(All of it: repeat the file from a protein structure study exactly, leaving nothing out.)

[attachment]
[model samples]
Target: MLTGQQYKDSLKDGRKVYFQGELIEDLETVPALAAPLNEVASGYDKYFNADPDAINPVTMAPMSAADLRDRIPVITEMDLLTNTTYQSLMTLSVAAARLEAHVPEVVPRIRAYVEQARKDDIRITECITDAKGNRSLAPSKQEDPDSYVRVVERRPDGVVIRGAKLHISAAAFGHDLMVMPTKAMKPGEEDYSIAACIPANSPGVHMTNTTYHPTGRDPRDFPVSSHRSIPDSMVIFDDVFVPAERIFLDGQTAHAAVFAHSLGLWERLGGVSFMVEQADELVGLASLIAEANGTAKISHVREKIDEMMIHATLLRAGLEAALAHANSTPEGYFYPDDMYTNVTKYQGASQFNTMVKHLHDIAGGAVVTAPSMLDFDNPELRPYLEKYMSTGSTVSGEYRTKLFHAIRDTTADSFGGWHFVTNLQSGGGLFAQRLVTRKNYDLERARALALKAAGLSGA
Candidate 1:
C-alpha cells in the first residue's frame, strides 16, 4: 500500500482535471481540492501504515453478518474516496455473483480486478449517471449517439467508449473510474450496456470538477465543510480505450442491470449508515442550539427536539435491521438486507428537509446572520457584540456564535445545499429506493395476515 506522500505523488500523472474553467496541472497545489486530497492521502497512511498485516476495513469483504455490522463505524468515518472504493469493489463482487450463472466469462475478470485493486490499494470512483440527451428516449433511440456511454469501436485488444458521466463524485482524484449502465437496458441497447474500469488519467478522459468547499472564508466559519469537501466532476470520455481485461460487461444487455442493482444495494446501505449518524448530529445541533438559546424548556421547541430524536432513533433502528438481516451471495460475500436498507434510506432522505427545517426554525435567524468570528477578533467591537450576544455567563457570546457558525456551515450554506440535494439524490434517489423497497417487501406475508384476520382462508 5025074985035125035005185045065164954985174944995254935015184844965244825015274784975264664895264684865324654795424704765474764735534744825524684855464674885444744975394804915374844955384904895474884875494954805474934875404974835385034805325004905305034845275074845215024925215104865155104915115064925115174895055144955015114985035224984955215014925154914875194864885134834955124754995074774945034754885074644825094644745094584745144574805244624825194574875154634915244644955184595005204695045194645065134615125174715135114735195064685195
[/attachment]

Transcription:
[model samples]
Target: MLTGQQYKDSLKDGRKVYFQGELIEDLETVPALAAPLNEVASGYDKYFNADPDAINPVTMAPMSAADLRDRIPVITEMDLLTNTTYQSLMTLSVAAARLEAHVPEVVPRIRAYVEQARKDDIRITECITDAKGNRSLAPSKQEDPDSYVRVVERRPDGVVIRGAKLHISAAAFGHDLMVMPTKAMKPGEEDYSIAACIPANSPGVHMTNTTYHPTGRDPRDFPVSSHRSIPDSMVIFDDVFVPAERIFLDGQTAHAAVFAHSLGLWERLGGVSFMVEQADELVGLASLIAEANGTAKISHVREKIDEMMIHATLLRAGLEAALAHANSTPEGYFYPDDMYTNVTKYQGASQFNTMVKHLHDIAGGAVVTAPSMLDFDNPELRPYLEKYMSTGSTVSGEYRTKLFHAIRDTTADSFGGWHFVTNLQSGGGLFAQRLVTRKNYDLERARALALKAAGLSGA
Candidate 1:
C-alpha cells in the first residue's frame, strides 16, 4: 500500500482535471481540492501504515453478518474516496455473483480486478449517471449517439467508449473510474450496456470538477465543510480505450442491470449508515442550539427536539435491521438486507428537509446572520457584540456564535445545499429506493395476515 506522500505523488500523472474553467496541472497545489486530497492521502497512511498485516476495513469483504455490522463505524468515518472504493469493489463482487450463472466469462475478470485493486490499494470512483440527451428516449433511440456511454469501436485488444458521466463524485482524484449502465437496458441497447474500469488519467478522459468547499472564508466559519469537501466532476470520455481485461460487461444487455442493482444495494446501505449518524448530529445541533438559546424548556421547541430524536432513533433502528438481516451471495460475500436498507434510506432522505427545517426554525435567524468570528477578533467591537450576544455567563457570546457558525456551515450554506440535494439524490434517489423497497417487501406475508384476520382462508 5025074985035125035005185045065164954985174944995254935015184844965244825015274784975264664895264684865324654795424704765474764735534744825524684855464674885444744975394804915374844955384904895474884875494954805474934875404974835385034805325004905305034845275074845215024925215104865155104915115064925115174895055144955015114985035224984955215014925154914875194864885134834955124754995074774945034754885074644825094644745094584745144574805244624825194574875154634915244644955184595005204695045194645065134615125174715135114735195064685195